Jahja Ling returns to Blossom with Cleveland Orchestra

08.05.08
Jahja Ling
Cleveland Plain Dealer

Blossom Music Center, gorgeous as it is, seems to have become a second thought for the Cleveland Orchestra. The programming usually is so standard that it can border on the hackneyed. We hear only a few conductors and soloists of international stature.

And yet, with the right guests in the right works, the Cleveland Orchestra has the power to take us deeply inside the music.

The orchestra's concerts over the weekend filled the bill to a pleasurable degree in this respect. On the podium was Jahja Ling, the ensemble's former resident conductor and Blossom Festival director, who is music director of the San Diego Symphony.

Ling's long connection with the Cleveland Orchestra tends to reap artistic rewards when he returns to Northeast Ohio. His two programs on this occasion respected beloved composers (Beethoven, Brahms, Sibelius) while also paying attention to Americans, one deceased (Gershwin) and two living (John Harbison and Eric Ewazen).

The Americans stood proudly amid their European counterparts. Gershwin's Concerto in F for Piano and Orchestra is a familiar friend, its jazz influences melded into a classical framework with seamless suavity. The soloist Saturday was French pianist Jean-Yves Thibaudet, who has the impish wit and lyrical grace, if not the tonal juice, to project the concerto's alluring qualities. Michael Sachs' bluesy trumpet solo in the slow movement was a highlight.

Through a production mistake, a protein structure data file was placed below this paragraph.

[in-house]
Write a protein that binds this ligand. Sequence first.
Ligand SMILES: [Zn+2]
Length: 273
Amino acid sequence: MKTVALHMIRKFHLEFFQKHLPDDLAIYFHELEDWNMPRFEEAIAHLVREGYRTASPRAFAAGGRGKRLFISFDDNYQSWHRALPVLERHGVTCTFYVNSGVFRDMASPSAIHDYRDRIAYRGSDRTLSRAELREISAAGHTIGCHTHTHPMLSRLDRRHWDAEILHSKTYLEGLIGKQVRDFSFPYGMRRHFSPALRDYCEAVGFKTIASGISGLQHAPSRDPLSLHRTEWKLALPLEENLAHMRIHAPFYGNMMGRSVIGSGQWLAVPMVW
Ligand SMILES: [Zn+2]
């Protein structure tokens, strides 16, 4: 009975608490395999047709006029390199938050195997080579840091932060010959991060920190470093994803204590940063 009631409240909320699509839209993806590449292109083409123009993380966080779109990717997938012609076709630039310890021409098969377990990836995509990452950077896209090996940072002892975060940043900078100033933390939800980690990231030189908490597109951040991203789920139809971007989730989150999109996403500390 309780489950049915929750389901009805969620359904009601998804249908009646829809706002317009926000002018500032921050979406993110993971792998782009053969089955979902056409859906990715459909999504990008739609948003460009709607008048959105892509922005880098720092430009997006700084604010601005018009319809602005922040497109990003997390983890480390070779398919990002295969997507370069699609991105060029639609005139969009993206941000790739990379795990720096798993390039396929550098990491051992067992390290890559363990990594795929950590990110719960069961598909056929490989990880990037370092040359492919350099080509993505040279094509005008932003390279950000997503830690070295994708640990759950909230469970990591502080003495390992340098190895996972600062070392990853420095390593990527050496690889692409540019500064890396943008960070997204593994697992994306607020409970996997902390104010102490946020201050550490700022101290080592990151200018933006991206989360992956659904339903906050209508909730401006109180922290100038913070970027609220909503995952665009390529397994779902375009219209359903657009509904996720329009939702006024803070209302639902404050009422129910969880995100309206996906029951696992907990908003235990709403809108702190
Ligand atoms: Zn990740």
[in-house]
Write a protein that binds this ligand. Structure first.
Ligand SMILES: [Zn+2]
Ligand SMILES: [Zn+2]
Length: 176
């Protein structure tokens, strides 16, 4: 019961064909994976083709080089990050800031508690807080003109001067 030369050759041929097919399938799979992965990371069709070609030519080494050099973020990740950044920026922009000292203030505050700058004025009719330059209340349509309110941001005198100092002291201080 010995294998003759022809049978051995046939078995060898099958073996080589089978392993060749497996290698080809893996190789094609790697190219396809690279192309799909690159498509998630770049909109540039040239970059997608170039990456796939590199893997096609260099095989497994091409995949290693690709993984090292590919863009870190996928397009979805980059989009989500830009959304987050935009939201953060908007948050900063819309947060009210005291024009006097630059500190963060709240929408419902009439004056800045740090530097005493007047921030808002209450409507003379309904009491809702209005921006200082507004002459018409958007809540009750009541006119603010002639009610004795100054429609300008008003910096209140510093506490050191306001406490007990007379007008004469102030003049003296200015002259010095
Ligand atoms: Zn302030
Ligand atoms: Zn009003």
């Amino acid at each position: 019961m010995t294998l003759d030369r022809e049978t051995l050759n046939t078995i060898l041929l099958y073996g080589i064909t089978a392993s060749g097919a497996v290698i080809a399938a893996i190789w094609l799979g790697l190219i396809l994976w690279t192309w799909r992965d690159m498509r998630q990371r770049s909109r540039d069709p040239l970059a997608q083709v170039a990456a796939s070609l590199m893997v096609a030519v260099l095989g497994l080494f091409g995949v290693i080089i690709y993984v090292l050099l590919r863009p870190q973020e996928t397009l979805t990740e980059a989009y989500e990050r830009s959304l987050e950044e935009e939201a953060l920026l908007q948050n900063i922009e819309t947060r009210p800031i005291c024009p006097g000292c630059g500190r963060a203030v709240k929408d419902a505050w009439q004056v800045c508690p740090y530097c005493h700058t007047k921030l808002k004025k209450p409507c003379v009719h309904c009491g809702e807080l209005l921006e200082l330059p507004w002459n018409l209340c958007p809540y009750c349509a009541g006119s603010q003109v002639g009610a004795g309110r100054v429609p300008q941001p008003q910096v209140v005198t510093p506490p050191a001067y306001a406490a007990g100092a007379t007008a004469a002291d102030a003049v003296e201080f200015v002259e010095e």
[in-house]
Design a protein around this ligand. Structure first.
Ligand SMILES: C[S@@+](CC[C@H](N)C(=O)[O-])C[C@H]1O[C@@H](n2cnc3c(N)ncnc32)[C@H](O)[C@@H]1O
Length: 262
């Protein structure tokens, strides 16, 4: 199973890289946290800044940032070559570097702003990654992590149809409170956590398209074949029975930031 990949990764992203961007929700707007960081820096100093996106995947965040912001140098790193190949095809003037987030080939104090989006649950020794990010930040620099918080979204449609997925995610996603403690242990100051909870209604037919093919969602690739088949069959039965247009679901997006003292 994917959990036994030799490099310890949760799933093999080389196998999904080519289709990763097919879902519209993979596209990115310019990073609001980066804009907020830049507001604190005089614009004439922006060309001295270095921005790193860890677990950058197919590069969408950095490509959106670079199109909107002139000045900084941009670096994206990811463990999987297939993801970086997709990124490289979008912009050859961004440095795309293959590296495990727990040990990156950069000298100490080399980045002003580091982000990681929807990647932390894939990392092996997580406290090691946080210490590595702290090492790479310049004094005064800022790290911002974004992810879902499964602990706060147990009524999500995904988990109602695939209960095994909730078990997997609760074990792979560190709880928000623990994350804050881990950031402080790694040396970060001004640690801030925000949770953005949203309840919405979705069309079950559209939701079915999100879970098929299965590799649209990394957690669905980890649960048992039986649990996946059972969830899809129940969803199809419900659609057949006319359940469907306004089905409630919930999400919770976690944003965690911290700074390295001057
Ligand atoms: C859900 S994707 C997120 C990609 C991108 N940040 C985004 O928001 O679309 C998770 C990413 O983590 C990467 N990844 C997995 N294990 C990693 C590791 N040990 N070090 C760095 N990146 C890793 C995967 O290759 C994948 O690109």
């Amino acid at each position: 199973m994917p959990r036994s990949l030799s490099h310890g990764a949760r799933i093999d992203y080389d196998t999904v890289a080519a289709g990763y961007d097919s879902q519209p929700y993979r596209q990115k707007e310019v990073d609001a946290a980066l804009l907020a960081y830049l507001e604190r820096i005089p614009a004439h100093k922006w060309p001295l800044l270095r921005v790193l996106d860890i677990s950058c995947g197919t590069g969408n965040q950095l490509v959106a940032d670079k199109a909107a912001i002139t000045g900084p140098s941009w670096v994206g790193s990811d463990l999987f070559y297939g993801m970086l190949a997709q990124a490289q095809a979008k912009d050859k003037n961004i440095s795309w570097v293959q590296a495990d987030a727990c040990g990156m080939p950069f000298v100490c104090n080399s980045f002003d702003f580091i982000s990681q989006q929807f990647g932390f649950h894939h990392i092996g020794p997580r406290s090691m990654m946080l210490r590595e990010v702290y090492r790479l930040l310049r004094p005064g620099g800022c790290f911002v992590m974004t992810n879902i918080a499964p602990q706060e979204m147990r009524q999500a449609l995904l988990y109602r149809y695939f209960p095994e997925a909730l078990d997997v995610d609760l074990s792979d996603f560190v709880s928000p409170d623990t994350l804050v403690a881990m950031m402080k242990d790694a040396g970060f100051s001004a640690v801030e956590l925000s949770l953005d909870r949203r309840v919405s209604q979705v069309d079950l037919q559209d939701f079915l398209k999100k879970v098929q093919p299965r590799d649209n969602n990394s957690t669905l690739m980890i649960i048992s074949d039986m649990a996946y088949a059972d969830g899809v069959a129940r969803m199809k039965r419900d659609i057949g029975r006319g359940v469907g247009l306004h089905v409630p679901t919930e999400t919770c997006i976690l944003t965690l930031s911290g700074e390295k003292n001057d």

Saturday's concert began with Harbison's "Remembering Gatsby: Foxtrot for Orchestra," which the composer wrote during the long gestation period of his opera, "The Great Gatsby." The foxtrot dances with antic, sinuous urgency alongside moments of haunting darkness. The orchestra, including a dashing soprano sax soloist, gave it a vibrant account.

The American on Sunday's concert was Ewazen, a native of Middleburg Heights who teaches at New York's Juilliard School. Ewazen's Ballade for Clarinet, Harp and Strings sings lovely pastoral lines, almost like a British idyll, and takes the clarinet to the skies with the birds (Blossom's aviary ensemble was in fine form).

Franklin Cohen, the orchestra's principal clarinet, gave luminous flight to Ewazen's phrases, and principal harp Trina Struble provided silvery filigree. In an encore, Ewazen's Caprice (scored for the same forces), Cohen switched gears and became a paradigm of refined acrobatics.

The big work on Saturday's program was Brahms' Symphony No. 1, which Ling and the orchestra treated with disciplined intensity and authority. Ling emphasized the score's lyricism, maintained a sure sense of pacing and allowed the ensemble to speak in its most articulate solo and ensemble voices.

The orchestra sounded alert Sunday in Beethoven's overture to "The Creatures of Prometheus" and wondrous in a spacious, detailed performance of Sibelius' Symphony No. 2 that kept the audience listening anew to the well-traveled sonic itinerary.

Ling's view of the piece has changed markedly over the decades. It is more brooding, expansive and noble than ever. He guided the orchestra Sunday as if he didn't want to let go, and the musicians helped him build Sibelius' majestic edifice to a stunning peak. Attendance was sparse, the response torrential.